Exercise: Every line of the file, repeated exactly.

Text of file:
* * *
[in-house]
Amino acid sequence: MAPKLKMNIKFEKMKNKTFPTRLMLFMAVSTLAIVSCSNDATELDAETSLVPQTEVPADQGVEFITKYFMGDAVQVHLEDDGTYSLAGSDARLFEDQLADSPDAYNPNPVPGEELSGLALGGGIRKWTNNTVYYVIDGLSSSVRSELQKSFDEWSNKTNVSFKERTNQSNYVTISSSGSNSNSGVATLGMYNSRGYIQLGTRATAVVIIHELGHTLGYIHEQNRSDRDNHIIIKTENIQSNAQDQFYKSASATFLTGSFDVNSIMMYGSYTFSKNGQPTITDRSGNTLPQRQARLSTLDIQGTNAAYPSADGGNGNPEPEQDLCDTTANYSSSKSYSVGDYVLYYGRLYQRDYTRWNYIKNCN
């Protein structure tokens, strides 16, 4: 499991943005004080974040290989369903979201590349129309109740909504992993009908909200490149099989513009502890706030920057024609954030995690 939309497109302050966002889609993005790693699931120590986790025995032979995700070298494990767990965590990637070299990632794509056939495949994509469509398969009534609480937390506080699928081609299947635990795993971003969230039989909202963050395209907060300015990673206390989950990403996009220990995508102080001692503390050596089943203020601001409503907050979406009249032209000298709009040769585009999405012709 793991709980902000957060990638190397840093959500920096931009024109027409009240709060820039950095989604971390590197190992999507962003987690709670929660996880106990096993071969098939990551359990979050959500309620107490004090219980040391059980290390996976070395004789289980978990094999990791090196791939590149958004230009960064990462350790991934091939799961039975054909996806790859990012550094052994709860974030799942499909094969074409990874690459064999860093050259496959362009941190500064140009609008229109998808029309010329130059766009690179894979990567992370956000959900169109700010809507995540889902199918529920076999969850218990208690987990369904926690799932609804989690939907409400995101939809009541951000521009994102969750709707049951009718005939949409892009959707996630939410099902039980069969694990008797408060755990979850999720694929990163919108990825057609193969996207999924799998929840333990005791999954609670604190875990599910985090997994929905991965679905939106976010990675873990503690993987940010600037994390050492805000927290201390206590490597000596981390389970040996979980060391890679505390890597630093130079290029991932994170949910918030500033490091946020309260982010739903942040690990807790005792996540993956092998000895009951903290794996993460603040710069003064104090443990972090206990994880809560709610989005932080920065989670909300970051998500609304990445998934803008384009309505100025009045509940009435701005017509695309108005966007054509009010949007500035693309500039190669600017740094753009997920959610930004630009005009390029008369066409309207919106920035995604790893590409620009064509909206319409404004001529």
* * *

[in-house]
Amino acid sequence: MAPKLKMNIKFEKMKNKTFPTRLMLFMAVSTLAIVSCSNDATELDAETSLVPQTEVPADQGVEFITKYFMGDAVQVHLEDDGTYSLAGSDARLFEDQLADSPDAYNPNPVPGEELSGLALGGGIRKWTNNTVYYVIDGLSSSVRSELQKSFDEWSNKTNVSFKERTNQSNYVTISSSGSNSNSGVATLGMYNSRGYIQLGTRATAVVIIHELGHTLGYIHEQNRSDRDNHIIIKTENIQSNAQDQFYKSASATFLTGSFDVNSIMMYGSYTFSKNGQPTITDRSGNTLPQRQARLSTLDIQGTNAAYPSADGGNGNPEPEQDLCDTTANYSSSKSYSVGDYVLYYGRLYQRDYTRWNYIKNCN
């Protein structure tokens, strides 16, 4: 499991943005004080974040290989369903979201590349129309109740909504992993009908909200490149099989513009502890706030920057024609954030995690 939309497109302050966002889609993005790693699931120590986790025995032979995700070298494990767990965590990637070299990632794509056939495949994509469509398969009534609480937390506080699928081609299947635990795993971003969230039989909202963050395209907060300015990673206390989950990403996009220990995508102080001692503390050596089943203020601001409503907050979406009249032209000298709009040769585009999405012709 793991709980902000957060990638190397840093959500920096931009024109027409009240709060820039950095989604971390590197190992999507962003987690709670929660996880106990096993071969098939990551359990979050959500309620107490004090219980040391059980290390996976070395004789289980978990094999990791090196791939590149958004230009960064990462350790991934091939799961039975054909996806790859990012550094052994709860974030799942499909094969074409990874690459064999860093050259496959362009941190500064140009609008229109998808029309010329130059766009690179894979990567992370956000959900169109700010809507995540889902199918529920076999969850218990208690987990369904926690799932609804989690939907409400995101939809009541951000521009994102969750709707049951009718005939949409892009959707996630939410099902039980069969694990008797408060755990979850999720694929990163919108990825057609193969996207999924799998929840333990005791999954609670604190875990599910985090997994929905991965679905939106976010990675873990503690993987940010600037994390050492805000927290201390206590490597000596981390389970040996979980060391890679505390890597630093130079290029991932994170949910918030500033490091946020309260982010739903942040690990807790005792996540993956092998000895009951903290794996993460603040710069003064104090443990972090206990994880809560709610989005932080920065989670909300970051998500609304990445998934803008384009309505100025009045509940009435701005017509695309108005966007054509009010949007500035693309500039190669600017740094753009997920959610930004630009005009390029008369066409309207919106920035995604790893590409620009064509909206319409404004001529």